Ancient cultures

The territory of the modern Mordovian land began to be mastered by man, apparently in the Paleolithic - the ancient Stone Age, when the western part of the Middle Volga region was inhabited. However, the earliest settlements in the region belong to the Mesolithic - the Middle Stone Age (IX - VI millennium BC). This time is dated to the parking lot of people on the banks of rivers and lakes near. Zarechnoye Krasnoslobodsky and the Old Kachevka of the Tengushevsky district. Their farming was of an appropriating nature and was based on hunting, fishing and gathering. The climatic conditions after the retreat of the glacier approached the modern ones.

The Neolithic Age, the new Stone Age, dated in the forest and forest-steppe zones of the European part of Russia, became the time of the primitive society's heyday - V - the first half of the 3rd millennium BC. e. At this time, pottery, grinding and drilling of stone appear, weaving occurs. To the level of mastery, the production of stone tools: axes, tips of spears and arrows, bits, etc., is made. However, the economy remains an appropriator, based on fishing and hunting. On the territory of Mordovia, Neolithic sites were found along the banks of the rivers Alatyr, Vada, Moksha (Imerk, Kargashin, Mashkin, etc.). They belong to the Volgo-Kama culture (the Volpinsk, Imerk settlements), which some researchers (O. Bader, A. Kh. Khalikov) refer to the ancient Finno-Ugric. In addition, the parking lots of the Balakhna culture (Andreevskoye and Imerk settlements) were recorded, which was part of the common culture of the pit-combed ceramics.

Further development of the territory of modern Mordovia is associated with the era of the Eneolithic - the Copper-Stone Age (mid-III - beginning of the 2nd millennium BC), which is associated with the appearance of metal (copper) tools. The most typical for the region are the settlements of the Volosovo culture in the basins of Vada, Moksha and Sura. The population was engaged in hunting, fishing, gathering, lived in semi-dugouts connected to each other. Characteristic are the finds of human, animal, bird and fish figures from silicon (Shimasovskaya parking - anthropomorphic figure, 2nd Kargashinsky parking - beaver). In the burials there are amulets from the teeth of animals. Most scientists write about the Finno-Ugric affiliation of the hair folk. In addition, the settlements of the tribes of the Imerk culture were found in the Mordovian region (named after the monument at Lake Imerka of the Zubovo-Polyansky District). They lived in semi-dugouts in river floodplains, on sand dunes. Monuments of the Imerk culture belong to the settlements near the village of Yakutsk. Volpino, Novaya Usad, Shiromasovo, the working village of Shiringushi, Lake Mashkino.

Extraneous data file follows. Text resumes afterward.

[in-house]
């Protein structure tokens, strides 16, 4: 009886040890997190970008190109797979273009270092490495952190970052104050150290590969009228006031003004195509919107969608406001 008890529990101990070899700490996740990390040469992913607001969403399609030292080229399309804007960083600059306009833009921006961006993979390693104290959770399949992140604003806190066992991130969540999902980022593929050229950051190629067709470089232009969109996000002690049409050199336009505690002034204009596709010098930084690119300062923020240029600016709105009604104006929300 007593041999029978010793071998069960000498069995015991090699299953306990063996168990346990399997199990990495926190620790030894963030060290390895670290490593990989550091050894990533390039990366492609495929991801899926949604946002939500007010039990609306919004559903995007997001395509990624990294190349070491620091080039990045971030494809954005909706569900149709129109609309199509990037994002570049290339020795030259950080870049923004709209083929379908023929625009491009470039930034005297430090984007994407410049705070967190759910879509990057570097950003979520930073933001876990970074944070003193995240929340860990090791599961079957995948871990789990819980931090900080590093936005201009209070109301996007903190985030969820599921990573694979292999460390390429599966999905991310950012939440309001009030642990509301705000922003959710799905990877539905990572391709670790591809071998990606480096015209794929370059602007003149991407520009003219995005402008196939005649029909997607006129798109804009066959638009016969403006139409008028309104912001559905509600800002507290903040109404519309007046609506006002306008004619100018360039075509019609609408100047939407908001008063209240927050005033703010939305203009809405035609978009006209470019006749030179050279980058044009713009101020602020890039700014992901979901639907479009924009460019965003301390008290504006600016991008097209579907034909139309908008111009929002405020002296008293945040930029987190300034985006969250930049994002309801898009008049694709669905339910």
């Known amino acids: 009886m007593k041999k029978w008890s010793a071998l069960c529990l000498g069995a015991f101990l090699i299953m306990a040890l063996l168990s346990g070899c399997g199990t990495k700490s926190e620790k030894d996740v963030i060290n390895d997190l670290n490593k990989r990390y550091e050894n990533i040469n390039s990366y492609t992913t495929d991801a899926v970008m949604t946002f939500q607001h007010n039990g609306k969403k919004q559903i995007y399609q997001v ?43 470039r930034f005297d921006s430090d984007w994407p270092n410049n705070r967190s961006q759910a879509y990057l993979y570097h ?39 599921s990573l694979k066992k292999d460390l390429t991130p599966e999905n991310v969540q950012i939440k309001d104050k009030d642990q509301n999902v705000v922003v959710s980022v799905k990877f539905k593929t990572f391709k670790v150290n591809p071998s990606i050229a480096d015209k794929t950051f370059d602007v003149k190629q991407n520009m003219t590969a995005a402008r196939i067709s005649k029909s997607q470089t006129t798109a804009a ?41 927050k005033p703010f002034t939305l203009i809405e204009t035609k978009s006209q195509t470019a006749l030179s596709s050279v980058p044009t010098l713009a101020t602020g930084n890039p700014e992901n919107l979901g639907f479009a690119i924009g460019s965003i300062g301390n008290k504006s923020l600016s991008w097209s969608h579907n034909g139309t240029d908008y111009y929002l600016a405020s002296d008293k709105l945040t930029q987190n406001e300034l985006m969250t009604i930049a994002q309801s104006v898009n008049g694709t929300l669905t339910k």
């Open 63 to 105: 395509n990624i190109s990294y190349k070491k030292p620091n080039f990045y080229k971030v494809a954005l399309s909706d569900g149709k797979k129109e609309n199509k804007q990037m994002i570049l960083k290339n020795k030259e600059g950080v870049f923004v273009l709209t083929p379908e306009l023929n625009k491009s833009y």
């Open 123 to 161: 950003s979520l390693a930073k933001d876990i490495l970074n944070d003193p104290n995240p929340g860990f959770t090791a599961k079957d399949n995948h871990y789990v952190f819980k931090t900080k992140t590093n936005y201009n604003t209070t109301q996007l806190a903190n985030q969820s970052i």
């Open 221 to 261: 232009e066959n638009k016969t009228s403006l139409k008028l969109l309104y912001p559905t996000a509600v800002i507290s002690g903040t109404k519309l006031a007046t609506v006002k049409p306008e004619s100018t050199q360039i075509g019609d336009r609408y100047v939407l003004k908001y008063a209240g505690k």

The transition to the productive sectors of the economy (farming and cattle breeding) is associated with the Bronze Age, which dates back to the Mordovian region in the first quarter of the second millennium - the VIII-VII centuries. BC. e. During this period, the region gradually turns into a zone of contacts of different civilizational strata, as the tribes of Balanovo, Abashevskaya, Primo-Shanskoe and logs enter the territory of Mordovia and begin to interact with the local population.

The Balanovo tribes were part of the wider Fatyanovo culture and initially occupied the territories to the south of the Baltic, the interfluve of the Dnieper and the Volga. At the turn of III - II millennium BC. They moved to the Volga along the Desna, Oka, Moksha, Sura. Most specialists attribute these tribes to the Proto-Baltic branch of the Indo-Europeans. Their main occupation was cattle breeding, combined, apparently, with slash-and-burn agriculture. In the territory of Mordovia, such a settlement was first discovered by P. D. Stepanov (Osh Pando near the village of Sainino, Dubien district). In addition, there are known burial cemeteries near. Chukaly, Andreevka, Kirzhemany.